Swaglord took his time, panting, gathering his breath again. It didn’t matter what he promised her, since he had no intention of paying her anything. He just needed her to believe his story, so he snorted and huffed as if he were furious that she was driving such a hard bargain. Finally, after what he hoped was enough snorting and huffing, he agreed.

“Fine! But swear it.”

“Fine,” she said, that very satisfied look that Swaglord found so annoying returning to her face. “I swear as well.”

“Fine, now untie me. I’ll take you there right away—“

“Not so fast, ” she interrupted. “You and your frisky friend over there are quite an impressive team. I’ll have to think about this.”

The rogue stood up and looked over at Swaglord’s massive sword lying next to him on the ground. She reached down to pick it up, at first with one hand, and then with two when she found she couldn’t budge it. Setting her jaw, she squatted down, worked both her small hands around the hilt, and with a soft grunt, heaved it up off the ground about a foot. Then, by walking backwards in that bent over position, she dragged it over to her horse where, with a much louder grunt, she was able to raise the hilt to a height where she could lash it to the saddle.

When she walked back over toward Swaglord, he couldn’t help noticing how much less graceful she seemed. She was breathing very heavily and, wiping the sweat from her brow on the back of her hand, she reminded him of a farm hand. He admired her determination and wondered how she would fare with his shield, which was much heavier than the sword.

The rogue didn’t even bother trying to lift it. Instead, she gave it a careless kick, as if testing to see how stubbornly it would resist her efforts. From the look of pain that ran quickly over her face, Swaglord was sure that she immediately regretted it. The shield had not moved an inch. He couldn’t say for sure what her toes felt like at that moment, but from the stream of swear words that then passed her lips, he felt he could pretty well guess.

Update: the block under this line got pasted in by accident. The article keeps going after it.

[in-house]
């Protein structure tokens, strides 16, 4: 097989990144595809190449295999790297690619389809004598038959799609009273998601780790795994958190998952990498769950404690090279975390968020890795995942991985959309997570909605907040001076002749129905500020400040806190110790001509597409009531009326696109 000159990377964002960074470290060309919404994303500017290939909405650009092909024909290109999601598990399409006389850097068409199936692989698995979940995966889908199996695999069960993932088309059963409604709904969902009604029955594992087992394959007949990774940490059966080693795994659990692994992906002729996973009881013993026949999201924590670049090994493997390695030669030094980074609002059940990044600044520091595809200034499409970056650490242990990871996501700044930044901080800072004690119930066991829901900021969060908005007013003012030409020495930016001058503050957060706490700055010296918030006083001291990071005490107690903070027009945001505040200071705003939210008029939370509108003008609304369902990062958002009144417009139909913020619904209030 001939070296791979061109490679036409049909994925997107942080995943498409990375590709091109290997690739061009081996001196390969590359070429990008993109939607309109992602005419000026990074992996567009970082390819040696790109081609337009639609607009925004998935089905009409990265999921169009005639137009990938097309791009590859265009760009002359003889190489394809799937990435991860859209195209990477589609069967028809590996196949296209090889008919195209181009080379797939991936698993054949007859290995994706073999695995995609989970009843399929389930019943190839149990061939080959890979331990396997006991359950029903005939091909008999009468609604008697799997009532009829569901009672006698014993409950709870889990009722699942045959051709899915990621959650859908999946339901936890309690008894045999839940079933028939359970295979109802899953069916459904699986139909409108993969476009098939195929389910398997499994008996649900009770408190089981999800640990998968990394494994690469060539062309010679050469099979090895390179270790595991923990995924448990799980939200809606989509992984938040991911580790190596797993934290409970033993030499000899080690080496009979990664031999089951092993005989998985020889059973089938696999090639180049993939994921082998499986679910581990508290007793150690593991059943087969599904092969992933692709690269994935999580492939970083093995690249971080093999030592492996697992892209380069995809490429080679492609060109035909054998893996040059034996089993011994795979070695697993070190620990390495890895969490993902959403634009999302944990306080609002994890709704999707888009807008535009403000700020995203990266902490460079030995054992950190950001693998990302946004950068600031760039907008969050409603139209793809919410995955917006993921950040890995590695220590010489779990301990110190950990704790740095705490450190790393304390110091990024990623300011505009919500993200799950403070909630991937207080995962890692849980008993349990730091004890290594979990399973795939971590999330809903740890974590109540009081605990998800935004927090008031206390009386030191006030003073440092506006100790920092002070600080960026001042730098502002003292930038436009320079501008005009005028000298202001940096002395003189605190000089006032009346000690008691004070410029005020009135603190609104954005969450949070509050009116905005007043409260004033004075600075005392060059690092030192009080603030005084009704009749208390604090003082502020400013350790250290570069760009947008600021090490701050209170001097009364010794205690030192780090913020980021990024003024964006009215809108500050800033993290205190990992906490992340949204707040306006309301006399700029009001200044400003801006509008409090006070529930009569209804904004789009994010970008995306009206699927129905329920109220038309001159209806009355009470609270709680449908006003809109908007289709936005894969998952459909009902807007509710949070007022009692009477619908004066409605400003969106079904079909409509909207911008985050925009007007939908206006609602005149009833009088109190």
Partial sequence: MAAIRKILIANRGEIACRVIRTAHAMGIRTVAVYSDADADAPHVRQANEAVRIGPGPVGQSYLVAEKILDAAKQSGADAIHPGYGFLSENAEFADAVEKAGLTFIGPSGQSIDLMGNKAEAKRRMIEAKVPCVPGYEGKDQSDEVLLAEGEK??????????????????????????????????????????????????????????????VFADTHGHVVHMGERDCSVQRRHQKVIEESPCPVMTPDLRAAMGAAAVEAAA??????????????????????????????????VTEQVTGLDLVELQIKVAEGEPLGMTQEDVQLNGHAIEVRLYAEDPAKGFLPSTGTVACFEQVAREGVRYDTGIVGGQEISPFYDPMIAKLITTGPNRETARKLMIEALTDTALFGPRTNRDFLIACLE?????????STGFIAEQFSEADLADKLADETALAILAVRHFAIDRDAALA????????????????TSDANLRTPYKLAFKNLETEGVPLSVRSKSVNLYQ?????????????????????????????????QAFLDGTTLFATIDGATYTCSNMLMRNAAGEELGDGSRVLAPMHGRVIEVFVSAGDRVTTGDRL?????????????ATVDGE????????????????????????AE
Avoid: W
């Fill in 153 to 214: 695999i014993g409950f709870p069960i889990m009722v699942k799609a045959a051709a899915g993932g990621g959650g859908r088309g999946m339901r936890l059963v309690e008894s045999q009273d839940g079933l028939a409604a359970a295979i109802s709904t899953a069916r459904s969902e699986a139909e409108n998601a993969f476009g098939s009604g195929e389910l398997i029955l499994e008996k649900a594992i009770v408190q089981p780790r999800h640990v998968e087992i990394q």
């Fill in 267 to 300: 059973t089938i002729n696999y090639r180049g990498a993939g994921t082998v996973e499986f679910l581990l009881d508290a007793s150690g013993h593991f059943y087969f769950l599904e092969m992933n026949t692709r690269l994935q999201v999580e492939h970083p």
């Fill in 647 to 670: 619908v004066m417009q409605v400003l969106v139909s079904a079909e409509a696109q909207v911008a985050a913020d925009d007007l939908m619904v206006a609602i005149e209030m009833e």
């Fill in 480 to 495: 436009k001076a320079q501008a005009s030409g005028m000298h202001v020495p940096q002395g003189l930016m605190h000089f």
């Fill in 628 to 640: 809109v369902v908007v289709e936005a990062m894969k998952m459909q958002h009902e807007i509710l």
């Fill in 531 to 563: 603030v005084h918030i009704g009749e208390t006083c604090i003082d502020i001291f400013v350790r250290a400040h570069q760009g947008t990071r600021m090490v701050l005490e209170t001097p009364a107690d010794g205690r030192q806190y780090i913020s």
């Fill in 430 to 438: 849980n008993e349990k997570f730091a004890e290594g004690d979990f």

“I guess you’re taking that,” she said finally. Plucking a dagger from her belt, she made a quick cut through the ropes around Swaglord feet and then just as quickly leapt up upon her tall mount.

“You can untie your own animal,” she said.

Swaglord worked his way free of the loosened net and then went to his pony, which was rather tightly wrapped up much as he had been. He tried pulling on the net in several different places, but it wouldn’t come loose.

“That one,” the rogue said.


“There,” she pointed, “the braided one by its feet.”

He pulled on the indicated braid and in a few seconds the net lying on the ground in a heap and the pony was back up on its feet, looking much happier but also slightly embarrassed. Swaglord stroked its mane a few times and then gave it a friendly slap on the back.

“Come on, boy,” he said.

When he turned toward the rogue he noticed that she was holding another net in her hands and looking very serious.

“All finished?” She said. “Good. Now...” She spoke slowly, as if measuring her words. “I’ll say this once, just so we understand each other, okay?”

She paused and waited until Swaglord nodded to her.

“Okay. You can’t outrun my mount and if you or your pony try to approach me,” she nodded down toward the net she held, “I’ll have you wrapped up tighter than one of Baal’s bug-balls before you can so much as spit. And if that happens, you know what happens next—like before, but I’ll make you regret wasting my time. Are we clear?”

“Yes, yes. I understand perfectly,” he said, wondering what in the world a Baal bug-ball was.

“Good. Now let’s get moving,” she said, pulling on her horse’s reins and trotting the powerful charger out into the middle of the dirt road.

Swaglord ran over to his shield and slid his arm through the straps, then set out at an easy jog with his faithful pony beside him and the rogue following a few horse-lengths behind.

It felt good to be up on his feet again, even if he was temporarily without his sword. So far, so good, he thought, filling his lungs with the high country air. He’d soon show that upstart rogue how the Lord of Swag dealt with thieves. But first, he would have to do something about that mount of hers.